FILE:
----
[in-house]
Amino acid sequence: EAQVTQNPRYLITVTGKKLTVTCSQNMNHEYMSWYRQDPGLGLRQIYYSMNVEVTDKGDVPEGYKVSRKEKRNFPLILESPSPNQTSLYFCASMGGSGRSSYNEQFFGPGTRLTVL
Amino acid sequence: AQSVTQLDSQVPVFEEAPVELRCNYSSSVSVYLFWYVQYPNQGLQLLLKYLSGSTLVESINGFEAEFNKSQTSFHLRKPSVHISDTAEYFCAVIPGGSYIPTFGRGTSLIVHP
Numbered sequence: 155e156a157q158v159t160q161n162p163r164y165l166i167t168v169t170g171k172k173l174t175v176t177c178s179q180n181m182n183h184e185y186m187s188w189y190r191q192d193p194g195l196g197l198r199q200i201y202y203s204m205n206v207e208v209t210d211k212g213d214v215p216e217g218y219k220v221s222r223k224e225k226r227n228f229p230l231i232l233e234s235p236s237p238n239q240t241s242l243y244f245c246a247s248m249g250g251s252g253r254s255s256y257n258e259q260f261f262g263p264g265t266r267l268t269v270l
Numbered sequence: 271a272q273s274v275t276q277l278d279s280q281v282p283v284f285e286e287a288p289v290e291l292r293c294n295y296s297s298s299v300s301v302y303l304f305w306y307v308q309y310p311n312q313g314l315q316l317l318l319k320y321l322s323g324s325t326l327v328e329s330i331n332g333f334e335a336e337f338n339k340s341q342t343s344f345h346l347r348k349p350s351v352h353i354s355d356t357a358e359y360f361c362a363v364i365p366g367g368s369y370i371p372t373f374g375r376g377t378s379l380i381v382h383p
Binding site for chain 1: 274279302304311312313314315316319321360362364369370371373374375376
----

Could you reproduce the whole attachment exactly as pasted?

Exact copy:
[in-house]
Amino acid sequence: EAQVTQNPRYLITVTGKKLTVTCSQNMNHEYMSWYRQDPGLGLRQIYYSMNVEVTDKGDVPEGYKVSRKEKRNFPLILESPSPNQTSLYFCASMGGSGRSSYNEQFFGPGTRLTVL
Amino acid sequence: AQSVTQLDSQVPVFEEAPVELRCNYSSSVSVYLFWYVQYPNQGLQLLLKYLSGSTLVESINGFEAEFNKSQTSFHLRKPSVHISDTAEYFCAVIPGGSYIPTFGRGTSLIVHP
Numbered sequence: 155e156a157q158v159t160q161n162p163r164y165l166i167t168v169t170g171k172k173l174t175v176t177c178s179q180n181m182n183h184e185y186m187s188w189y190r191q192d193p194g195l196g197l198r199q200i201y202y203s204m205n206v207e208v209t210d211k212g213d214v215p216e217g218y219k220v221s222r223k224e225k226r227n228f229p230l231i232l233e234s235p236s237p238n239q240t241s242l243y244f245c246a247s248m249g250g251s252g253r254s255s256y257n258e259q260f261f262g263p264g265t266r267l268t269v270l
Numbered sequence: 271a272q273s274v275t276q277l278d279s280q281v282p283v284f285e286e287a288p289v290e291l292r293c294n295y296s297s298s299v300s301v302y303l304f305w306y307v308q309y310p311n312q313g314l315q316l317l318l319k320y321l322s323g324s325t326l327v328e329s330i331n332g333f334e335a336e337f338n339k340s341q342t343s344f345h346l347r348k349p350s351v352h353i354s355d356t357a358e359y360f361c362a363v364i365p366g367g368s369y370i371p372t373f374g375r376g377t378s379l380i381v382h383p
Binding site for chain 1: 274279302304311312313314315316319321360362364369370371373374375376